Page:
As a CEO in the private sector and a past and current board member for several local not-for-profit organizations, I have followed the recent media reporting of compensation of local not-for-profit executives closely. While I do think the conversation is a good one to have, the story is, as usual, much more complex than just how much an executive is paid; it is about what they do and how well they do it.

Executive compensation for any organization is the responsibility of its board. The purposes of compensating any executive are to attract and retain top talent, reward performance, comply with regulatory requirements and be accountable to the stakeholders (supporters, clients and community). Compensation may consist of base compensation, incentive compensation, benefits and perquisites. Compensation is monitored primarily by the IRS, and is reported on the organization's annual Form 990 tax form.

Some basic methods of determining compensation, in my experience, have included comparison with compensation in similar organizations (size, budget and mission), successful achievement of annual operational and strategic goals set by the board, compliance with regulatory oversight, and overall performance of the organization in meeting its mission and purpose as directly attributable to the executive.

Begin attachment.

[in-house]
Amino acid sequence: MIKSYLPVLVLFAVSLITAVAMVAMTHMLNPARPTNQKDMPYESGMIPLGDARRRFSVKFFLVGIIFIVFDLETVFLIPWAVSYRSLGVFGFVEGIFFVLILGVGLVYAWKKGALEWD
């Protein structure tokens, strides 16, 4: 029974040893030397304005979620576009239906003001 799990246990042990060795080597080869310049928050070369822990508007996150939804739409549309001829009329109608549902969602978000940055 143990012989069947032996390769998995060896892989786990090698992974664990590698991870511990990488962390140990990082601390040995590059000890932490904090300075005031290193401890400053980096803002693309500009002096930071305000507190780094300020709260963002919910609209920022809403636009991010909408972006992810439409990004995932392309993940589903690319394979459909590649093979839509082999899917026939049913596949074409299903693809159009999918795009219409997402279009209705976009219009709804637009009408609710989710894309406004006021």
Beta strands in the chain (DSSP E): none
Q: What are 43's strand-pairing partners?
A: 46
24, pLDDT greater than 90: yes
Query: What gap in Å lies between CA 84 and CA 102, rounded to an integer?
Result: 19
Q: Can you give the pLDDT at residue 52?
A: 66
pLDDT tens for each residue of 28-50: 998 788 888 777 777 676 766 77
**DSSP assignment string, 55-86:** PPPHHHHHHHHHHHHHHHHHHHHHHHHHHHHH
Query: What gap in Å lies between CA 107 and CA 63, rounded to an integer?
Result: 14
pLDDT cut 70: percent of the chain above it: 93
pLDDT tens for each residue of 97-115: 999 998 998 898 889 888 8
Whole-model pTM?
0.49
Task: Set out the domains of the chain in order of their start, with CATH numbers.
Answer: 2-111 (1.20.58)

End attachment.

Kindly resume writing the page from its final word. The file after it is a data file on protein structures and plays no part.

When we as board members evaluate compensation for the executive, we are well aware of the risk that public perception will be that the person is "over compensated." While most executives that I work with in my not-for-profit experience are more highly compensated than I am in the private sector, the comparison to my salary is not important or legitimate; the evaluation must be about leadership and organizational success and performance within the context of that organization.


In their 2009 CEO Compensation Study, Charity Navigator reported: "You're better off supporting a charity that is fiscally efficient, achieving its programmatic goals and paying its CEO well, than a charity that has substandard fiscal health, fails to live up to its mission, but under-pays its CEO."

I believe that the York area has some of the best not-for-profit executives around, all working hard to fulfill the mission of their organization. Those not up to the significant leadership and management challenges of a successful organization usually don't last long in their position, regardless of the compensation.

If you have questions about compensation for a specific not-for-profit, ask them for their compensation policy and procedures. Consider the complete picture, including the overall value the person's leadership brings to fulfilling the organization's mission and the community it serves.

John A. Klinedinst

Lower Windsor Twp.